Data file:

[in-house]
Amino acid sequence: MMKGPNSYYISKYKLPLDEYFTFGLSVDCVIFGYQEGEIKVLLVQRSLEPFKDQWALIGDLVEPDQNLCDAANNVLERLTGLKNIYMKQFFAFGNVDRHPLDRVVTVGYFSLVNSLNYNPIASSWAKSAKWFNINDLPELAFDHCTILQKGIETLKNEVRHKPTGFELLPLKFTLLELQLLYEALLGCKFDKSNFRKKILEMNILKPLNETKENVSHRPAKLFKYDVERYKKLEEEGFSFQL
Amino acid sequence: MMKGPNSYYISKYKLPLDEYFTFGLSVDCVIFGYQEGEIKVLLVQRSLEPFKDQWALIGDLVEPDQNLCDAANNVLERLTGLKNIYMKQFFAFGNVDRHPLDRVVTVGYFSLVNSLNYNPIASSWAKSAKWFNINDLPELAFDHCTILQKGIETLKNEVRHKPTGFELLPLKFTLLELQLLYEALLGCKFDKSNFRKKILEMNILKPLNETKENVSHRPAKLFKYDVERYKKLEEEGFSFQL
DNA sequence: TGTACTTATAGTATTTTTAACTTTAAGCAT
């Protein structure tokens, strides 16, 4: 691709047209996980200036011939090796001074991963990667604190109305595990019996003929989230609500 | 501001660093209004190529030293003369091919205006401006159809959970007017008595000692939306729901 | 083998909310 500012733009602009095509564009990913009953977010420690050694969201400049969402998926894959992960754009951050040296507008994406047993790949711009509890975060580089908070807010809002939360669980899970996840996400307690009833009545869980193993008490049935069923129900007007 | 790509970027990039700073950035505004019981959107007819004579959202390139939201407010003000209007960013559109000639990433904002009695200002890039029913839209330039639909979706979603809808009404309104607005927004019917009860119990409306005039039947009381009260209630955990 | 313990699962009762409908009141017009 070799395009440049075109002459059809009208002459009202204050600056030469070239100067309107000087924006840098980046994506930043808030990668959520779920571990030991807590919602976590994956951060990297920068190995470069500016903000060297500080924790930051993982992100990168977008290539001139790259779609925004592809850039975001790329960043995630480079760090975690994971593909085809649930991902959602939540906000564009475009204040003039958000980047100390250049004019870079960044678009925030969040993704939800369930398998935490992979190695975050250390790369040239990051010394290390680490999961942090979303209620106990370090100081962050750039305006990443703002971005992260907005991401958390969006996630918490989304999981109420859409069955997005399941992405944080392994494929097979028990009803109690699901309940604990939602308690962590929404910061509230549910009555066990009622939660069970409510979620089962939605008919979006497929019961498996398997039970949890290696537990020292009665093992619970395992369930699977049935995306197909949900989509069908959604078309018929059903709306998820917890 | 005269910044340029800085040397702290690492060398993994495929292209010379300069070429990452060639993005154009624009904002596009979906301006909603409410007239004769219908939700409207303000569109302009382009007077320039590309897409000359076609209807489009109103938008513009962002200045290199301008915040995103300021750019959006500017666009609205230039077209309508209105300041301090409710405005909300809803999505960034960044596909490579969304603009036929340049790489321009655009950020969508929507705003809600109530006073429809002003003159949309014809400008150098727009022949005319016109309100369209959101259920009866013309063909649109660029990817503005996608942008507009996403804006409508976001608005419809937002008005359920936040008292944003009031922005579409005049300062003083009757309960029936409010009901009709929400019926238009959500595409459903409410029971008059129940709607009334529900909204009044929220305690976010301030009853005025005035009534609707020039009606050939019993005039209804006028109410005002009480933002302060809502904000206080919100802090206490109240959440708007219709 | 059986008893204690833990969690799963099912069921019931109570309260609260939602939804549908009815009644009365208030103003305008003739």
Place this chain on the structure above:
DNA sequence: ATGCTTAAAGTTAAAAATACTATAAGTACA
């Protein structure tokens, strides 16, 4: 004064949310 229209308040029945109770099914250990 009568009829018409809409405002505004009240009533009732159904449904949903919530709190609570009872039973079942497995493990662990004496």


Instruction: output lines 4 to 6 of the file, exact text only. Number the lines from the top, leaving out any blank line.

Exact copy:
DNA sequence: TGTACTTATAGTATTTTTAACTTTAAGCAT
């Protein structure tokens, strides 16, 4: 691709047209996980200036011939090796001074991963990667604190109305595990019996003929989230609500 | 501001660093209004190529030293003369091919205006401006159809959970007017008595000692939306729901 | 083998909310 500012733009602009095509564009990913009953977010420690050694969201400049969402998926894959992960754009951050040296507008994406047993790949711009509890975060580089908070807010809002939360669980899970996840996400307690009833009545869980193993008490049935069923129900007007 | 790509970027990039700073950035505004019981959107007819004579959202390139939201407010003000209007960013559109000639990433904002009695200002890039029913839209330039639909979706979603809808009404309104607005927004019917009860119990409306005039039947009381009260209630955990 | 313990699962009762409908009141017009 070799395009440049075109002459059809009208002459009202204050600056030469070239100067309107000087924006840098980046994506930043808030990668959520779920571990030991807590919602976590994956951060990297920068190995470069500016903000060297500080924790930051993982992100990168977008290539001139790259779609925004592809850039975001790329960043995630480079760090975690994971593909085809649930991902959602939540906000564009475009204040003039958000980047100390250049004019870079960044678009925030969040993704939800369930398998935490992979190695975050250390790369040239990051010394290390680490999961942090979303209620106990370090100081962050750039305006990443703002971005992260907005991401958390969006996630918490989304999981109420859409069955997005399941992405944080392994494929097979028990009803109690699901309940604990939602308690962590929404910061509230549910009555066990009622939660069970409510979620089962939605008919979006497929019961498996398997039970949890290696537990020292009665093992619970395992369930699977049935995306197909949900989509069908959604078309018929059903709306998820917890 | 005269910044340029800085040397702290690492060398993994495929292209010379300069070429990452060639993005154009624009904002596009979906301006909603409410007239004769219908939700409207303000569109302009382009007077320039590309897409000359076609209807489009109103938008513009962002200045290199301008915040995103300021750019959006500017666009609205230039077209309508209105300041301090409710405005909300809803999505960034960044596909490579969304603009036929340049790489321009655009950020969508929507705003809600109530006073429809002003003159949309014809400008150098727009022949005319016109309100369209959101259920009866013309063909649109660029990817503005996608942008507009996403804006409508976001608005419809937002008005359920936040008292944003009031922005579409005049300062003083009757309960029936409010009901009709929400019926238009959500595409459903409410029971008059129940709607009334529900909204009044929220305690976010301030009853005025005035009534609707020039009606050939019993005039209804006028109410005002009480933002302060809502904000206080919100802090206490109240959440708007219709 | 059986008893204690833990969690799963099912069921019931109570309260609260939602939804549908009815009644009365208030103003305008003739």
Place this chain on the structure above: